How To Test Body Fat
how to test body fat
When it comes to measuring your body fat percentages, there are many ways suggested to go about this; however, not all of them are reliable in that they take all of the different compositional elements into account.
For example, the oldest way of measuring body fat percentage is known as the BMI, or the body mass Index. This is based on the individual’s height and an average weight for the same but that is not a reliable way of measuring the initial or the changing composition of an individual’s body.
There are two components to body mass in general; fat mass and lean body mass. However, to consider this issue, the lean body mass can also be further divided into three other categories; bone, muscle, and what is commonly known as ‘everything else.’
Considering that all of these different components contribute to the overall body mass, the BMI does not consider how the mass is broken up. Thus bone is equal to muscle, which is equal to everything else; and this does not portray an accurate picture on how much mass is actually body fat.
Another problem with the BMI is that because it does not break the body mass down into the independent categories when one is participating in physical training, the decline in body fat can often be replaced by an increase in muscle mass yet there is no distinction between the two using the BMI.
So what’s next? Now-a-days, a common way to measure body fat percentages is through the use of the “Gold Standard Test.” What is this? Well, it is not a test you can routinely do yourself; rather it is a test that needs to be monitored carefully. You get into a pool of water, expel all of the air from your lungs, and then submerge yourself; the goal being to test for your hydrostatic weight. Often times, it is necessary to repeat this four or five times before an accurate weight can be derived and the results are somewhat questionable.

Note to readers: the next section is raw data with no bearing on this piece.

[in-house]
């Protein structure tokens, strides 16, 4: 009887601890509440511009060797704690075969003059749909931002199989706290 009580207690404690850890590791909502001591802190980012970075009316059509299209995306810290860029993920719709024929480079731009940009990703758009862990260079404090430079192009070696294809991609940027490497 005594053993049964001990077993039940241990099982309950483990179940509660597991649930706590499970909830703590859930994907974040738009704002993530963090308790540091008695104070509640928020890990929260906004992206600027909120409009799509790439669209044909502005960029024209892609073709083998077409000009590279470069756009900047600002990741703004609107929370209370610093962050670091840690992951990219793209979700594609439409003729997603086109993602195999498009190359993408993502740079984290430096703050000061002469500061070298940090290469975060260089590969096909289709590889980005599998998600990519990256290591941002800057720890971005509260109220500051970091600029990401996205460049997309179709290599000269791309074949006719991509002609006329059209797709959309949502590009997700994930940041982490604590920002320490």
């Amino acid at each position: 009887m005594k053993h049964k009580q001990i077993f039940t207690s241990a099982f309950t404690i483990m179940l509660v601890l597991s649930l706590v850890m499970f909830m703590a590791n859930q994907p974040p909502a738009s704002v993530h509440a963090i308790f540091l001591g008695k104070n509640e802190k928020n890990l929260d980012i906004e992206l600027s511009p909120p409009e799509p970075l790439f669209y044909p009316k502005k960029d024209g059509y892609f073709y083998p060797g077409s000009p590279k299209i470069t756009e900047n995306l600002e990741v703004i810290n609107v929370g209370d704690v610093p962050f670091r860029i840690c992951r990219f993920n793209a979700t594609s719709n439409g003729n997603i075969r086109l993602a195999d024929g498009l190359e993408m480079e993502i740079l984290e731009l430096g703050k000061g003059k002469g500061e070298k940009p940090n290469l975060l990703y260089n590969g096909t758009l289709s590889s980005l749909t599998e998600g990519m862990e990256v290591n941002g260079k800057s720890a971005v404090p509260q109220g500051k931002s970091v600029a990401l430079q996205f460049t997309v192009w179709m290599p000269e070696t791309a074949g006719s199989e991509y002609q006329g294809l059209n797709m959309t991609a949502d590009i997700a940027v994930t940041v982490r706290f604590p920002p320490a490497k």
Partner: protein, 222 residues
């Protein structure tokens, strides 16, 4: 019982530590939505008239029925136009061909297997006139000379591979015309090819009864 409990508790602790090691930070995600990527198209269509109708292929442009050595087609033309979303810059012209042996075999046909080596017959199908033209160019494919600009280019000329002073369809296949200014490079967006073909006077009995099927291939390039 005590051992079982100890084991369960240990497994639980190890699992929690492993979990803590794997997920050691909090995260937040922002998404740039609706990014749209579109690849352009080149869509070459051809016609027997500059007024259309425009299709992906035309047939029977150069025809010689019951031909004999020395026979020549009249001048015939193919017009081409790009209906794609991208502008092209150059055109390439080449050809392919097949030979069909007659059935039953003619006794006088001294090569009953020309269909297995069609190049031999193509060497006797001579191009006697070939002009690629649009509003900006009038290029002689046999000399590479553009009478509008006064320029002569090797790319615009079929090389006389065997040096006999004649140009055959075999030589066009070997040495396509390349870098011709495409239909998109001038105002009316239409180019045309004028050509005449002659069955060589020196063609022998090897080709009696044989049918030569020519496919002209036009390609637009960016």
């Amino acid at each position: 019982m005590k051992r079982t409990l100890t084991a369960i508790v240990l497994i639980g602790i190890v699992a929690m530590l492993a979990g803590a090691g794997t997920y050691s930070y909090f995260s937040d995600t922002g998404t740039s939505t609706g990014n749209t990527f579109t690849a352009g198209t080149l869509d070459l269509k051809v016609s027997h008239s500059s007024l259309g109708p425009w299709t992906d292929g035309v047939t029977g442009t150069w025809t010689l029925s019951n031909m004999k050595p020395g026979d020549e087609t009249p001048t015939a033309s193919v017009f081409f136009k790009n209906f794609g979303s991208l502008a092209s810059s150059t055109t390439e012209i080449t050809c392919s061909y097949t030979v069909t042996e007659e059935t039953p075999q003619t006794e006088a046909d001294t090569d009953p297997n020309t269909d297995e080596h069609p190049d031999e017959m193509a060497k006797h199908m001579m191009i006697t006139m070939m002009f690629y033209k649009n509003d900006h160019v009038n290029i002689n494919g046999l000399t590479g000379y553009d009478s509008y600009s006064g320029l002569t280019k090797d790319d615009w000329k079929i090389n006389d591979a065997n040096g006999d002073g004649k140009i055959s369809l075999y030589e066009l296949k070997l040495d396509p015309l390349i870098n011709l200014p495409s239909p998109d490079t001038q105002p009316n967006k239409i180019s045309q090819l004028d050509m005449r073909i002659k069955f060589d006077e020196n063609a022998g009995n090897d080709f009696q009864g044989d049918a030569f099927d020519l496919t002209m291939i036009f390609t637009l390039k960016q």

A second option using the same basic premise as the Gold Standard Test available today is a test in which the BOD POD TM is used and measurements are taken on the air displacement released into an enclosed chamber. While the results here are more accurate, the equipment necessary to perform the test is very difficult to attain. And of course, the equipment is quite costly.
So the DEXA or more commonly called the DXA was introduced to try and compete with the expense involved with the BOD POD TM. However, this device has very poor results as they vary significantly simply based on who manufactured the equipment. So this is one new measurement you definitely want to stay away from!
Perhaps the most beneficial and accurate means of measuring your body fat percentage is found through the use of the BIA technology. BIA stands for Bioelectrical Impedance Analysis. This test passes a small electrical current (which is not painful at all) through the body and then measures the body’s electrical resistance which equals the total body’s water content.
The body fat can then be determined through a distinct difference in resistance than the lean body mass has. Thus accurate results are forthcoming in all components of the body individually, instead of lumping them all together as the original testing was prone to do.
One does have to be cautious, however, when using this type of body fat analysis as it should not be done any more frequently than once a week. So those who like to test daily after each workout would not be able to use this method that continuously.
There is some preparation that one must adhere to before beginning this test to assure accurate results. Firstly, you cannot eat or drink for four hours prior to the testing; secondly, you cannot exercise twelve hours prior to testing; thirdly, there can be no consumption of alcohol for forty-eight hours prior; and there must be no evidence of diuretic use at all.
After the testing is complete, measurements from the wrists and the foot are taken and analyzed for body fat, body muscle, and water percentages and the results can be charted for follow-up at a later date when another test may be administered.
So for all of you out there trying to figure out the best way to measure your body fat, the days of girth measurement are over! We all know that weight can deposit itself in many other places than just the waist and stomach; not just those we can see, either! Intra-abdominal deposits are becoming more frequent and the only way to truly know the percentage of body fat you have is to test in an accurate manner as is discussed above.